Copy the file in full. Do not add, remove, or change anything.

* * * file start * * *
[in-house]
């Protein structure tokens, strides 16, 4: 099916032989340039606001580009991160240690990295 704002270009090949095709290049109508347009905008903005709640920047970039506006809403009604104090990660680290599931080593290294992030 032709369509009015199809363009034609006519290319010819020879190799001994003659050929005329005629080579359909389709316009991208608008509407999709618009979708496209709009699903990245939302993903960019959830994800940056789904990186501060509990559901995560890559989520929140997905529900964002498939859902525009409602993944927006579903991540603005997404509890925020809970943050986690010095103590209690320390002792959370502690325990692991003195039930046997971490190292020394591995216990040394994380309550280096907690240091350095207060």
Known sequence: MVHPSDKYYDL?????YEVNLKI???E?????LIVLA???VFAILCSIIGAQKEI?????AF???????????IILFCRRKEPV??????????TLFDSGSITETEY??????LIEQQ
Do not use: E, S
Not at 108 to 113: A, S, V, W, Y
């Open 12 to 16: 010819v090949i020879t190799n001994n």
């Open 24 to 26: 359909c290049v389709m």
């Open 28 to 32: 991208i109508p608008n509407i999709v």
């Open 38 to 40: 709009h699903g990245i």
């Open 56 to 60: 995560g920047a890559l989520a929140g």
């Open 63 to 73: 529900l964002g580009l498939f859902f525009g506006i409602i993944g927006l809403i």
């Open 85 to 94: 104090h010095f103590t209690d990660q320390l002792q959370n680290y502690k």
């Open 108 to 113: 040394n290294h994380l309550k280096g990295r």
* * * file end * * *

[in-house]
């Protein structure tokens, strides 16, 4: 099916032989340039606001580009991160240690990295 704002270009090949095709290049109508347009905008903005709640920047970039506006809403009604104090990660680290599931080593290294992030 032709369509009015199809363009034609006519290319010819020879190799001994003659050929005329005629080579359909389709316009991208608008509407999709618009979708496209709009699903990245939302993903960019959830994800940056789904990186501060509990559901995560890559989520929140997905529900964002498939859902525009409602993944927006579903991540603005997404509890925020809970943050986690010095103590209690320390002792959370502690325990692991003195039930046997971490190292020394591995216990040394994380309550280096907690240091350095207060």
Known sequence: MVHPSDKYYDL?????YEVNLKI???E?????LIVLA???VFAILCSIIGAQKEI?????AF???????????IILFCRRKEPV??????????TLFDSGSITETEY??????LIEQQ
Do not use: E, S
Not at 108 to 113: A, S, V, W, Y
């Open 12 to 16: 010819v090949i020879t190799n001994n």
């Open 24 to 26: 359909c290049v389709m």
């Open 28 to 32: 991208i109508p608008n509407i999709v």
């Open 38 to 40: 709009h699903g990245i």
């Open 56 to 60: 995560g920047a890559l989520a929140g």
């Open 63 to 73: 529900l964002g580009l498939f859902f525009g506006i409602i993944g927006l809403i």
């Open 85 to 94: 104090h010095f103590t209690d990660q320390l002792q959370n680290y502690k």
């Open 108 to 113: 040394n290294h994380l309550k280096g990295r």